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Breaking Camp

[Returning Home]  [Gear Storage Tips]   [How To Remove Mold and Mildew]


All good things sooner or later come to an end, and the same goes for camping.
When it comes time to pack it up and head back to our other lives, consider these tips before departing:


stow your gear

Use a whisk broom and/or rags to wipe off gear as you stow it; and, try to pack your gear as you had it when you came to the campground.
Also, it's a good idea to separate dirty clothes, so that they will be ready to be washed when you arrive home.


Here are a few things to make a habit of when packing the tents 

Make sure all belongings are out of the pouches you may have for personal items.

It's no fun unpacking the tent because someone can't find their watch 

Sweep the tent floor clean.

Carry a small cheap dust broom and dustpan. 
If there is any dried mud splashed on the tent most of it will probably brush away too.

Always stuff a tent back into its stuff-sack;  don't fold it.

Creases from folds can weaken fabric fibers.

 When it is folded to width the door should be at one end on the "strip". Then roll TOWARDS the door. Air will escape easily and the tent will roll nicely.
Do not roll any tighter than necessary to get it into the supplied sack. 

 Always air out a tent before putting it away to prevent rotting and staining from mildew.

If you must pack the tent wet get it dried as soon as possible.
Try to avoid getting it too hot until it is dried. 
In addition to mildew, I have heard of some coated fabrics sticking together after a steaming. 


check the cooler

Dispose of any food wastes, empty out excess water, and replenish the ice, as needed, for the trip home.  

dowse the campfire

Make sure the campfire is out; dowse the area with the excess water from your cooler or another source.

 "Only you can prevent forests fires!



To state it simply,
"leave no trace!"


police the area

A broom and a leaf rake come in handy for grooming the campsite and gathering up the last of any litter.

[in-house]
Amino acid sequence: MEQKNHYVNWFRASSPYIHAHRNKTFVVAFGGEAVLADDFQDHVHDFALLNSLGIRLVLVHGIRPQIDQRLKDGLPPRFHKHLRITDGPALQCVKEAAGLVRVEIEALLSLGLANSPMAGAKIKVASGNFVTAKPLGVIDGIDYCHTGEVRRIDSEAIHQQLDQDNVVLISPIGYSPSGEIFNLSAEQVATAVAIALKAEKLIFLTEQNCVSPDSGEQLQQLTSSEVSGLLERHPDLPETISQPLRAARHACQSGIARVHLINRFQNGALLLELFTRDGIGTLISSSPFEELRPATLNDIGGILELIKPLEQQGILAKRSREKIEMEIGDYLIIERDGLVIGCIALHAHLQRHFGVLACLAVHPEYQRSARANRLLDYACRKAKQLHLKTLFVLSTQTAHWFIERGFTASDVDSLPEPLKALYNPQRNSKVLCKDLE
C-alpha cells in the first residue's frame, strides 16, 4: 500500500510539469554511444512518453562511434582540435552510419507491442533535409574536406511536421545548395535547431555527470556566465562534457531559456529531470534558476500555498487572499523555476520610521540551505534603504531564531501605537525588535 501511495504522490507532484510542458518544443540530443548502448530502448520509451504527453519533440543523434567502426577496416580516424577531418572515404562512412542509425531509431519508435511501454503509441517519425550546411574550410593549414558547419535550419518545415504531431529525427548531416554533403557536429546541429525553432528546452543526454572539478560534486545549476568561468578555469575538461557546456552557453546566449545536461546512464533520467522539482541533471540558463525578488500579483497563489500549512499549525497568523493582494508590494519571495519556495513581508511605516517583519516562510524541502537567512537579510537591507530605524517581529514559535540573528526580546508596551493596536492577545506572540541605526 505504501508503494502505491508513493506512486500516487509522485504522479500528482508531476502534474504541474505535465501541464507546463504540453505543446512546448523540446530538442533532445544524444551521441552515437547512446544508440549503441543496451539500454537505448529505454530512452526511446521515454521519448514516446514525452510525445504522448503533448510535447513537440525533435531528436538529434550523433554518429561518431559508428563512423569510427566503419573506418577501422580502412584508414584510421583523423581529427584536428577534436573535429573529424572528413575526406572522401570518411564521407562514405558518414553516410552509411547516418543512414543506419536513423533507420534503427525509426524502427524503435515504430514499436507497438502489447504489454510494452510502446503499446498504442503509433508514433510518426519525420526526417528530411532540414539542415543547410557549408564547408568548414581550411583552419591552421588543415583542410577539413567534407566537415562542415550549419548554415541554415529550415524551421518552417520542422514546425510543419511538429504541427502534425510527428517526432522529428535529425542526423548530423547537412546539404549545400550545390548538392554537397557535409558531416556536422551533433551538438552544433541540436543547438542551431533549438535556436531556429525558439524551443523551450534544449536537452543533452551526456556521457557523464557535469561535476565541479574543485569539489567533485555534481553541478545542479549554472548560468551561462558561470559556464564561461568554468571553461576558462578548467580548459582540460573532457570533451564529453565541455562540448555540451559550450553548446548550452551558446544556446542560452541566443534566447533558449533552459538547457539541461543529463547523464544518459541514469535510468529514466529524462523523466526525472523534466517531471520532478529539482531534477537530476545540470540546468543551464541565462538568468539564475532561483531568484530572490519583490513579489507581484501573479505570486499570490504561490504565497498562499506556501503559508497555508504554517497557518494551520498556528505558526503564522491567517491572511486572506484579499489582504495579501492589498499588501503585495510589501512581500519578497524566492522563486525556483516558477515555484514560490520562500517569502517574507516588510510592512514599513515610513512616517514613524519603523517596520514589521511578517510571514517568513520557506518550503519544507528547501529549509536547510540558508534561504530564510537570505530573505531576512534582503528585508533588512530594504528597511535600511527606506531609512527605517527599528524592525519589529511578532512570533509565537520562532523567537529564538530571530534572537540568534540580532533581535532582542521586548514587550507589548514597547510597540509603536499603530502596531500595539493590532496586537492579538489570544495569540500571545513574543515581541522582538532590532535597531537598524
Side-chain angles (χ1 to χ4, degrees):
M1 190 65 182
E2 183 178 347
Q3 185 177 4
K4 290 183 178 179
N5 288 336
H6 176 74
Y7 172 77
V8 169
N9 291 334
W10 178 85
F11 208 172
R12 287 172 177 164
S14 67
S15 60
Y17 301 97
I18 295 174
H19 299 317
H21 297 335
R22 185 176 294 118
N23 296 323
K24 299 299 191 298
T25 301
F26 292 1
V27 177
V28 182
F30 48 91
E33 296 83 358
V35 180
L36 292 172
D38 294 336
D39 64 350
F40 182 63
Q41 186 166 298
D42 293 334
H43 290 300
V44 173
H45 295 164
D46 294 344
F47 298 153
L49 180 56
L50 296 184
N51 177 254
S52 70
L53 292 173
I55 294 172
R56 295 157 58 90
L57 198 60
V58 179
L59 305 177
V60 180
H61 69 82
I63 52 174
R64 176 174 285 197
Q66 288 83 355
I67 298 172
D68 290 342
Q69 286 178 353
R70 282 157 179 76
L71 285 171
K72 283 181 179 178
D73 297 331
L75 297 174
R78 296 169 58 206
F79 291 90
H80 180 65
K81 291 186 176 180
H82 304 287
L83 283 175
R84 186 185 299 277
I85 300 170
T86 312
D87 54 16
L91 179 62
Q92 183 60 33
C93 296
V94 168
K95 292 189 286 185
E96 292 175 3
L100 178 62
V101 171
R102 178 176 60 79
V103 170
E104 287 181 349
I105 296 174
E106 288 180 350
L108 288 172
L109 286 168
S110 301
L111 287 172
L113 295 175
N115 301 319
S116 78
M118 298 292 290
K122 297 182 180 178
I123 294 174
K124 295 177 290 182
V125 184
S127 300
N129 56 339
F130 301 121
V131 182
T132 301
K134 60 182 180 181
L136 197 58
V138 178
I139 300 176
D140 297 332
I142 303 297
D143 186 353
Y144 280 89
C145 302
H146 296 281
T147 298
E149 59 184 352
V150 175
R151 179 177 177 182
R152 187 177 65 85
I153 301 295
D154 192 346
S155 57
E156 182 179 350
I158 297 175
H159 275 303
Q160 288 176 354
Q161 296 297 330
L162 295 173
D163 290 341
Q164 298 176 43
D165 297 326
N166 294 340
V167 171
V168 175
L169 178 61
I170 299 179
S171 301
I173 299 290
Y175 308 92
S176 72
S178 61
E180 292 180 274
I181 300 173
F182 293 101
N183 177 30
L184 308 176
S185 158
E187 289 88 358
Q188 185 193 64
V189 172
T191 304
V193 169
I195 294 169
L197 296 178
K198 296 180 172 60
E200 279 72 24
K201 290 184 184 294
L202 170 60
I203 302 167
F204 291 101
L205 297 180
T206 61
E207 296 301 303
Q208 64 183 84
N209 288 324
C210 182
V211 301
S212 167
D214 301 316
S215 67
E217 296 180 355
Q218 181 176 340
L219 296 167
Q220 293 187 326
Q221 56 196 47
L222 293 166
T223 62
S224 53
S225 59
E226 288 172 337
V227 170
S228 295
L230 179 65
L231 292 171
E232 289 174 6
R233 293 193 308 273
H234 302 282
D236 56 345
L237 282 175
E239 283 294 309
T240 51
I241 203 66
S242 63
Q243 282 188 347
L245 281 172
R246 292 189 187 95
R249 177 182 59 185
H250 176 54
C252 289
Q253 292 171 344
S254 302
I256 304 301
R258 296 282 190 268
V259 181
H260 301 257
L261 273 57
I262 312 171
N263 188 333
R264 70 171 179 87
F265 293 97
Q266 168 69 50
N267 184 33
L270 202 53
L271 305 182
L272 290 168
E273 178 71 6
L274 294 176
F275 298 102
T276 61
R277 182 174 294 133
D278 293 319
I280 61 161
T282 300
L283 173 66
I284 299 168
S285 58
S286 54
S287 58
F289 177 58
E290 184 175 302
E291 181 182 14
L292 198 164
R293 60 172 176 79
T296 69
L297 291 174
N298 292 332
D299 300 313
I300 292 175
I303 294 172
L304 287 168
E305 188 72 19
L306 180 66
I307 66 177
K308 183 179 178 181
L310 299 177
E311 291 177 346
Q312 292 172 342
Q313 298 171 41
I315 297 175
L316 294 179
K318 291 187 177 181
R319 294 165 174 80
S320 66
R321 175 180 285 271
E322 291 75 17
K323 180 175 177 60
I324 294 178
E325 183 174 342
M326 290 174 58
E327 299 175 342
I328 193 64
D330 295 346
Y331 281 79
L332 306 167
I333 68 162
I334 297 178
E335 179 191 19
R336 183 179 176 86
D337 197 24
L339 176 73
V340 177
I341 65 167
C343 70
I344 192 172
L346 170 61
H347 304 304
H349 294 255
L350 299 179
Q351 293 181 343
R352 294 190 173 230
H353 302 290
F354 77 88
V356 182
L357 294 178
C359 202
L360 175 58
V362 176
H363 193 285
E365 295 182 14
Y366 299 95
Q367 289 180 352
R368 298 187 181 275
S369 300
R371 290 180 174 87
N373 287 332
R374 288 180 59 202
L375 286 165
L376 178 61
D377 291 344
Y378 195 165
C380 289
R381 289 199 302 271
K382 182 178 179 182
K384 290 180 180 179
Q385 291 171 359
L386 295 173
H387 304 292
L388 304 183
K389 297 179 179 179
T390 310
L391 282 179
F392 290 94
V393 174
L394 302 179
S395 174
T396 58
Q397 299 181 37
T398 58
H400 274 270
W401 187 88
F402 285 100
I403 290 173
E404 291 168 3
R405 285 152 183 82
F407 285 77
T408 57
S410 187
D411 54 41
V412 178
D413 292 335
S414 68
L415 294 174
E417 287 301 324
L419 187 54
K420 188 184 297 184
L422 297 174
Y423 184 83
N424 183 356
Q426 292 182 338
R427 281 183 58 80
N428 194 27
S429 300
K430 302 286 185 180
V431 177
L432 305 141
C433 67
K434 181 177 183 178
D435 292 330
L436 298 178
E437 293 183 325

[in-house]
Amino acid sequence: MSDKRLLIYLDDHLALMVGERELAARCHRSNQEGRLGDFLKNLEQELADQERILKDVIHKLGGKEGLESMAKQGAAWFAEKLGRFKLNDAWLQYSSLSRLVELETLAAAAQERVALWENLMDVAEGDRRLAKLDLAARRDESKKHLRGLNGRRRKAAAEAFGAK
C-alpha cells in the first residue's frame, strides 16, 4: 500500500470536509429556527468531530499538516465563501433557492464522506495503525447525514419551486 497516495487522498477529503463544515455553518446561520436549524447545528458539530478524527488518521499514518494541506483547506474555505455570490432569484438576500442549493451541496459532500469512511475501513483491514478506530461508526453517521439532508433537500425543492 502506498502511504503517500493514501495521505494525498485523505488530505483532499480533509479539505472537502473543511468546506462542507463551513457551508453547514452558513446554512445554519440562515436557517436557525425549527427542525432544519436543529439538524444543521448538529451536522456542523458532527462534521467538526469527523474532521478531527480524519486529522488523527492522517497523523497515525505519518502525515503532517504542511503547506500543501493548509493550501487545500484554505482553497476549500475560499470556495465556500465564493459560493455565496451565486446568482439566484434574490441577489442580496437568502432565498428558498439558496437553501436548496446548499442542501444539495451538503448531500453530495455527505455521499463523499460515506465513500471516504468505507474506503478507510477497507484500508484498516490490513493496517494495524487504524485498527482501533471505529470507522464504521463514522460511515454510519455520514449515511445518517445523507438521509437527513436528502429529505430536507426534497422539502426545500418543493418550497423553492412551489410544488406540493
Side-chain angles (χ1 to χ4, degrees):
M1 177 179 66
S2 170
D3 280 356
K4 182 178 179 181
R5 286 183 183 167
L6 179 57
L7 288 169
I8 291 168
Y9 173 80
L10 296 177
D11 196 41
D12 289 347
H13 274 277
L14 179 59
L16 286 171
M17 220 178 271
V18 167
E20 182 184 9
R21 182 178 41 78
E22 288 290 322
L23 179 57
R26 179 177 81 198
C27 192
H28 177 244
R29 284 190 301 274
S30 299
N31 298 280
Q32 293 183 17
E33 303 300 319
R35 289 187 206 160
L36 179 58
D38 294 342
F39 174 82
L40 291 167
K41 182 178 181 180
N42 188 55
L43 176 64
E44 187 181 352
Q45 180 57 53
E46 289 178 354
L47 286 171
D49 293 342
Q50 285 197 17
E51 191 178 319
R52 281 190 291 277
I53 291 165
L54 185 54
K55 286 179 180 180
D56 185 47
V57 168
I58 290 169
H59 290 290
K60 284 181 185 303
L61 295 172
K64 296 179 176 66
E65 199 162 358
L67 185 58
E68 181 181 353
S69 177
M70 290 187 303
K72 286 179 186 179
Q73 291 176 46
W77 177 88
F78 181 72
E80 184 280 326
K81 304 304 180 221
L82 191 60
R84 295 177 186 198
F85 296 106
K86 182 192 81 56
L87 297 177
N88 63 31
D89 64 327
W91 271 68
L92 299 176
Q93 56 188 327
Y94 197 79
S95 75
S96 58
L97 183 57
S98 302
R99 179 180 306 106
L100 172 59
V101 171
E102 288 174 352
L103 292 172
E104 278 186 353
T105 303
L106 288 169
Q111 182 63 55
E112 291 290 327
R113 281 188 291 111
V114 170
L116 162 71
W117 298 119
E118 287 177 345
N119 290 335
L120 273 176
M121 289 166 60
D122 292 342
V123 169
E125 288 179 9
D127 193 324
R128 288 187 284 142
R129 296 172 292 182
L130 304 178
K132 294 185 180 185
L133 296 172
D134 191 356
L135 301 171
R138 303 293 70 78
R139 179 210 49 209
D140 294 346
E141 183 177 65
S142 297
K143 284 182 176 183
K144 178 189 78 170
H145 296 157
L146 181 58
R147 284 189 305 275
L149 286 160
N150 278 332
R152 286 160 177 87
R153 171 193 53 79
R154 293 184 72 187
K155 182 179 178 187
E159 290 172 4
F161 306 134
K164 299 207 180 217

one more potty break

Before leaving, take advantage of this opportunity to take a final bathroom break and to wash up a bit.

 final walk around

One last check, walk around your vehicle and look around the campsite to see if anything was missed.

say goodbyes

Until next time . . . 


Returning Home

The ride home after a camping trip can be long, particularly when you have a hot shower and cozy bed waiting there for you. But, before relaxing, some final chores need to be done:

unload gear

First things first, unload your car, truck or camper and separate everything used on the camping trip.

  empty the cooler

Remove all food from your cooler and place it in the refrigerator, then rinse the cooler and allow to dry.

  store food items

Return all remaining foods to the pantry or cupboard.

 wash the dishes

Even if you did it at the campground before leaving, it's still a good sanitary practice to wash them again.

  dispose of trash

Gather up and dispose of any remaining trash. 
Also a good time to whisk out the car or truck of any debris.

do the laundry

Before washing, shake out all your camping clothes and bedding, 
especially the kids' clothing.

  stow away the gear

Shake out all your gear too. If any gear is wet, lay it out, or set it up to dry, before packing it for storage.
Mildew is much easier to prevent than it is to remove.

 Mold and mildew can be a problem for camping gear, but with a little prevention it can be avoided.

1. At camp, when gear gets wet, allow it to dry completely before packing up.

2. Air out your tents, sleeping bags, and bedding on a daily basis.